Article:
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Cobia is a fish that you may have probably never heard of before. Cobia, also known as black kingfish, is a large, tropical fish in warm waters worldwide. It has a firm, white flesh and a mild, sweet flavor that is often compared to that of mahi-mahi or swordfish.
Sure, it is not as popular as tilapia or salmon, but it will soon become one of the fish of the future. That means more cobia fishes will be reproduced, which may very well be one of the top seafood in the next five to 10 years.
But if you are fortunate enough to catch or buy one, you are in for a treat. Cobia has a mild sweet taste and quite a nutty flavor.
Now you may wonder—how do you cook cobia? Cobia can be cooked in different ways. Continue reading, and I’ll let you know more about it.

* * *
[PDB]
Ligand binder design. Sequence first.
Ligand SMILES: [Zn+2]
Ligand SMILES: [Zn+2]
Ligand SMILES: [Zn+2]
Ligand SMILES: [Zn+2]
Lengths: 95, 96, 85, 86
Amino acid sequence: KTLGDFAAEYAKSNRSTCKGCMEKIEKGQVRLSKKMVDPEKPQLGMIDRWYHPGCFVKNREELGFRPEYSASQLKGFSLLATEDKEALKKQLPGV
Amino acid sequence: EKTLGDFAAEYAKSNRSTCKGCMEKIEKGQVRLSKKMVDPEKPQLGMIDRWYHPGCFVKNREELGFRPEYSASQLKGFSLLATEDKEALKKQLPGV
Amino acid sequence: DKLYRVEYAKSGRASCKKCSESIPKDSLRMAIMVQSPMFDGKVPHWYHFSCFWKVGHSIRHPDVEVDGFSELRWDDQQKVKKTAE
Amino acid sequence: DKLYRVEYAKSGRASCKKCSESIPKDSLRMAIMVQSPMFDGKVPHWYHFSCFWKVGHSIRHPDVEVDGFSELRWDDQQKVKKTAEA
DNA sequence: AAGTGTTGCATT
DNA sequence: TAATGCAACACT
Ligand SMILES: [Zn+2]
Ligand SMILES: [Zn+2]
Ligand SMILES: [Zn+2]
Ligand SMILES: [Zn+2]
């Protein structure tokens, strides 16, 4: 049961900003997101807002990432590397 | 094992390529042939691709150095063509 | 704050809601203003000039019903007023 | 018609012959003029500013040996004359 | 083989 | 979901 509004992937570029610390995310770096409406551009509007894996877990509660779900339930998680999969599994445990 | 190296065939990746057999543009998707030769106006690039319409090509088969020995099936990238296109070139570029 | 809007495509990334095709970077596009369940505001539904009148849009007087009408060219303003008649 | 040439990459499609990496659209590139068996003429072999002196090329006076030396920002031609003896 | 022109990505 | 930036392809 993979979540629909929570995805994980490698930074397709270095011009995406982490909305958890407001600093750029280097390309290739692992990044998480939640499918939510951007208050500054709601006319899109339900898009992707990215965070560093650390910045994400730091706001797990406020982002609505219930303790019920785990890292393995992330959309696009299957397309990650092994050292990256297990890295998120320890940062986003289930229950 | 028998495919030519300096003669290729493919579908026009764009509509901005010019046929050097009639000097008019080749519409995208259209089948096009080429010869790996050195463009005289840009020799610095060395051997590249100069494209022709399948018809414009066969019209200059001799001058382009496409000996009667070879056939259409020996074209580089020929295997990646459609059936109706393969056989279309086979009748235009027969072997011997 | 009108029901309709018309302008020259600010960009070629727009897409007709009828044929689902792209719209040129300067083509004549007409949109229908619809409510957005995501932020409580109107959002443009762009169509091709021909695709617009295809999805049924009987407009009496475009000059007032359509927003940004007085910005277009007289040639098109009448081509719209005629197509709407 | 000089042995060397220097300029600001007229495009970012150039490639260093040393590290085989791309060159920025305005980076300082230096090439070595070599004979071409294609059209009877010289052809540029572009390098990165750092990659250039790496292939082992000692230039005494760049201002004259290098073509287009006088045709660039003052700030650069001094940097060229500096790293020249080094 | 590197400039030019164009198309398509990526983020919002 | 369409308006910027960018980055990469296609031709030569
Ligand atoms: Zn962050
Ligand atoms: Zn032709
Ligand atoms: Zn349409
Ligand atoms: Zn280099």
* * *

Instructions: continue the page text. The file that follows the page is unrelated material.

What is cobia?
Cobia and slices of Cobia on the plate
Cobia is a white fish with a bulging lower jaw and flat head. It is colored dark brown with a white belly. The fish has a dark stripe that stretches from its eye to its tail. It can reach up to 78 inches in length.
Some people compare the flavor of cobia to that of tilapia. It’s a fair comparison, although I find the meat of cobia slightly sweeter and milder than tilapia.
One glaring similarity between cobia and tilapia is that overcooking them can lead to dry and tough meat.
Where are Cobia fish from?
Cobia fish are found in warm waters worldwide, including the Atlantic, Indian, and Pacific Oceans.
They are commonly caught in the coastal waters of the southeastern United States, particularly in the Gulf of Mexico and off the coast of Florida.
Cobia is also found in the Caribbean Sea and the waters around Australia, Southeast Asia, and the coast of Africa. In some regions, such as the Gulf of Mexico, Cobia is farmed in aquaculture operations to meet the demand for this popular fish.
Are Cobia fish safe to eat? Is Cobia fish high in Mercury?
Cobia is a large predatory fish, and like other large fish, it can contain elevated levels of mercury. Mercury is a naturally occurring heavy metal that can accumulate in the bodies of fish over time, particularly in muscle tissue.